As noted above, the Draft RHNA Methodology uses data from the Plan Bay Area 2050 Final Blueprint. Whereas the Plan Bay Area 2050 Draft Blueprint featured 25 strategies that influenced the location of future growth, the Final Blueprint features 35 revised strategies adopted by the ABAG Executive Board and Commission in fall 2020. These strategies shift the regional growth pattern, with generally small to moderate impacts on RHNA allocations. Additionally, the Final Blueprint features updated baseline data based on consultation with local jurisdictions in summer and fall 2020.

Therefore, incorporating the Final Blueprint into the Draft RHNA Methodology results in changes to the illustrative allocations to local jurisdictions.

To put you out of your misery as to what all that *gestures above* means to Alameda, it means an INCREASE in Alameda’s allocation.

That’s right, you read those all caps correctly. An INCREASE in our allocation.


December 14, 2020

In for a penny, in for a pound

Filed under: Alameda — Tags: — Lauren Do @ 6:04 am

Remember how I mentioned that some City Councilmembers coughtonydaysogandincomingtrishspencercough ask questions and you’re not really sure if they fully understand the topic at hand. But that there are other City Councilmembers who ask questions and it’s a tee up to get really key information into the public realm? This is the case of the latter.

During the clarifying questions portion John Knox White asked a series of question that will be really important for the whole certifying the Housing Element process we’ll be going through the next year and a half. This is a long bit of back and forth so, as usual, I have the video and transcription at the end of this blog post but I’m going to pull out and highlight some of the key bits.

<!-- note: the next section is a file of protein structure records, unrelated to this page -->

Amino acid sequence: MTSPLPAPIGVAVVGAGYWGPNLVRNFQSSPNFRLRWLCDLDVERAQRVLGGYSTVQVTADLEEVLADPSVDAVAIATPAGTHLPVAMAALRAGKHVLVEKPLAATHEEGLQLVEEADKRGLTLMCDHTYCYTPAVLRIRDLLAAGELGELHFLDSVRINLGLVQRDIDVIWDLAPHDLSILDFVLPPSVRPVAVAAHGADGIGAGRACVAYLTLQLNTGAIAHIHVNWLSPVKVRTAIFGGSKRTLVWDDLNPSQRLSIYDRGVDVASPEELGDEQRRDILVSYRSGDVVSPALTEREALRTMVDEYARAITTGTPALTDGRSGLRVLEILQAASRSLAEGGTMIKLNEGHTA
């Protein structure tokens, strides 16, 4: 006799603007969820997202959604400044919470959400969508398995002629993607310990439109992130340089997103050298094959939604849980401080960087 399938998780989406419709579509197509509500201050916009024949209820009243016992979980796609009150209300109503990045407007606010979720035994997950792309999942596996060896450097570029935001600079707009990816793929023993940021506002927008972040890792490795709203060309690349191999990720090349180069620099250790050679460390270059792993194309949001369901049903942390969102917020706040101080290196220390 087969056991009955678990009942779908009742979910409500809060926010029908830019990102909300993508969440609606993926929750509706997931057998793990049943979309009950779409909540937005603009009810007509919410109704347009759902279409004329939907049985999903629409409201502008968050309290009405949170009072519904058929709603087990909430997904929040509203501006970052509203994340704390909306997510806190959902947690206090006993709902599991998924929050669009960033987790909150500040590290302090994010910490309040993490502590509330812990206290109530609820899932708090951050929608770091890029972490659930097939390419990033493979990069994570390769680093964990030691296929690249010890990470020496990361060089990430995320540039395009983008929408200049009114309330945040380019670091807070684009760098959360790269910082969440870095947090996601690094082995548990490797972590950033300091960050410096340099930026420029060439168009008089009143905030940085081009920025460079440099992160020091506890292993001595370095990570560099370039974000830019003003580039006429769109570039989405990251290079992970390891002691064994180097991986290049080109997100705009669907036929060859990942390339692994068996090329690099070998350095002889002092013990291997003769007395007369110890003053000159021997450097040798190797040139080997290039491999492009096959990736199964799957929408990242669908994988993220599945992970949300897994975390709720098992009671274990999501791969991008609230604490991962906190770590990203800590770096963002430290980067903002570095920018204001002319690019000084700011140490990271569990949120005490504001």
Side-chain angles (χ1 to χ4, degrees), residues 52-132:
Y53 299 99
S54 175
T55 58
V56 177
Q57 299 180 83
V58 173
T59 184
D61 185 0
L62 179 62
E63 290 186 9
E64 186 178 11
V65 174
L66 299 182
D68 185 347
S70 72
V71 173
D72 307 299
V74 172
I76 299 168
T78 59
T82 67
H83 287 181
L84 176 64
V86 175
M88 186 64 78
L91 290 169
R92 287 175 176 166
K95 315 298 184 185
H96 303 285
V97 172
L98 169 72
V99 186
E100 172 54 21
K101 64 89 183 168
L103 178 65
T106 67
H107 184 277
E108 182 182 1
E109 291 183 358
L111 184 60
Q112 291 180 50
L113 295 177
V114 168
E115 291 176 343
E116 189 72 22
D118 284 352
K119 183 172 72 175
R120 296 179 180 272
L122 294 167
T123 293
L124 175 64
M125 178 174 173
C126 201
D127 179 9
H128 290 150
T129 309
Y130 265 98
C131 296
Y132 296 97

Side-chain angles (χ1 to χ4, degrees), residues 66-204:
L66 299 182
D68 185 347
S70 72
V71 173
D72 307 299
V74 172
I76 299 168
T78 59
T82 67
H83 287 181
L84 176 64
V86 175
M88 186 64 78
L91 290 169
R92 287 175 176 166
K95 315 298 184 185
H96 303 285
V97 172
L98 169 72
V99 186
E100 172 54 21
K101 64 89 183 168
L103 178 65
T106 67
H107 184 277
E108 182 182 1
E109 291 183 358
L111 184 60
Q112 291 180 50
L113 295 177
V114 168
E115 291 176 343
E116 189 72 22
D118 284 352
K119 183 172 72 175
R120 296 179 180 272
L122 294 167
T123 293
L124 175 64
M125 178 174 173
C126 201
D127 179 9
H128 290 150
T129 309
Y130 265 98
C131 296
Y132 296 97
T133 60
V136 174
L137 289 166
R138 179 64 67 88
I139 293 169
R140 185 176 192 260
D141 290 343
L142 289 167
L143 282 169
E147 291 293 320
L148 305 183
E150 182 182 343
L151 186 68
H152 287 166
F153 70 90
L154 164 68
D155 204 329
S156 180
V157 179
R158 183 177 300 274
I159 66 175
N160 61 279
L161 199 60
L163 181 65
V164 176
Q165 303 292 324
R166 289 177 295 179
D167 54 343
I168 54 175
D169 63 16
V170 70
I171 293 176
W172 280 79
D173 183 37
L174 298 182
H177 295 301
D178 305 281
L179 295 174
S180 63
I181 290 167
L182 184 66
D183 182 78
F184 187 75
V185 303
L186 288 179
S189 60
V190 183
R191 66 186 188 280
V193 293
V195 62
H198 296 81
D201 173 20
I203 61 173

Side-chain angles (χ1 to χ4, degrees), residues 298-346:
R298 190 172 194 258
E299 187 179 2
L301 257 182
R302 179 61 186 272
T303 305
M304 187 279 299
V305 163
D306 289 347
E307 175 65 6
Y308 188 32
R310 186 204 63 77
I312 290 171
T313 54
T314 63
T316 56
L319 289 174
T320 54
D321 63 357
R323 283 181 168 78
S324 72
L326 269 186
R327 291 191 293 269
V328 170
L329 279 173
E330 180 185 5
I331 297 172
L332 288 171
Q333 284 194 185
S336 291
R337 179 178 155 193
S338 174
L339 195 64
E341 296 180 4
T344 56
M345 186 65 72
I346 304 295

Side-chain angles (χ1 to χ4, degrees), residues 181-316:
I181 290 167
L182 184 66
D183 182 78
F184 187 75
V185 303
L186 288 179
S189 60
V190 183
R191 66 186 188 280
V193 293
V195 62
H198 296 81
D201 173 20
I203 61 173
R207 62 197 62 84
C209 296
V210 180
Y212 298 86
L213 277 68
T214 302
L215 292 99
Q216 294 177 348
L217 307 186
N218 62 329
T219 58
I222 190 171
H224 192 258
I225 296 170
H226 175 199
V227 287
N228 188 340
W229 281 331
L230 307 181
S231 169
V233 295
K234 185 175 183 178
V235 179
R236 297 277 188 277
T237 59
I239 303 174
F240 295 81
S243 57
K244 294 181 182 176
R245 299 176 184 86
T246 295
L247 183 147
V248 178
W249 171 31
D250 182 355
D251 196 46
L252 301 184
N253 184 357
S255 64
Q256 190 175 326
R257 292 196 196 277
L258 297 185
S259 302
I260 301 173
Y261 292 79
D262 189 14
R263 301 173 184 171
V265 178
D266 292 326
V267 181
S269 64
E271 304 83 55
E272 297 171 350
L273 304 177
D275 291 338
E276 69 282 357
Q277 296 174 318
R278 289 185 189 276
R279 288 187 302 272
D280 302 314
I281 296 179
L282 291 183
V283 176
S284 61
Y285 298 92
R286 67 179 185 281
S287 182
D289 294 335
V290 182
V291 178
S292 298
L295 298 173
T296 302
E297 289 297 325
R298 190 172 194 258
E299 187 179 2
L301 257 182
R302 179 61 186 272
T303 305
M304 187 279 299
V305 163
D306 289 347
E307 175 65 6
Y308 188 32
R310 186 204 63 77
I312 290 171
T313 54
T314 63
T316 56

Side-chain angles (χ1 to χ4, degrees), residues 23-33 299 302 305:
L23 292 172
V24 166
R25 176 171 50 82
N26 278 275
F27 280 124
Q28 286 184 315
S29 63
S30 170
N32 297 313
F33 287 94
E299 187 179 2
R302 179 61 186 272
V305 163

The first quote is important because it’s validated by Randy Rentschler of MTC/ABAG. It’s to remind people that these cycles are ongoing and that the larger allocations may be a trend and not a one off:

[M]y understanding is, this is the first tranche of many very large tranches of housing allocations that are expected over the next multiple Housing Elements to catch us up to a place as a state is that fair?

That’s right. We think that if we can try to get ABAG, or even the State of California, to reduce our RHNA allocation that we’ll be safe forever. But the fact is — as was pointed out by Randy Rentschler in another transcript, California as a whole has underbuilt for too long and too many years that it’s hard to see the political will to do less around housing.

I’m not going to pull the quote but in the transcript there’s a part where John Knox White verifies that there are ways to certify the Housing Element (via funding affordable housing) without violating the Charter.


December 11, 2020

“Buys into that”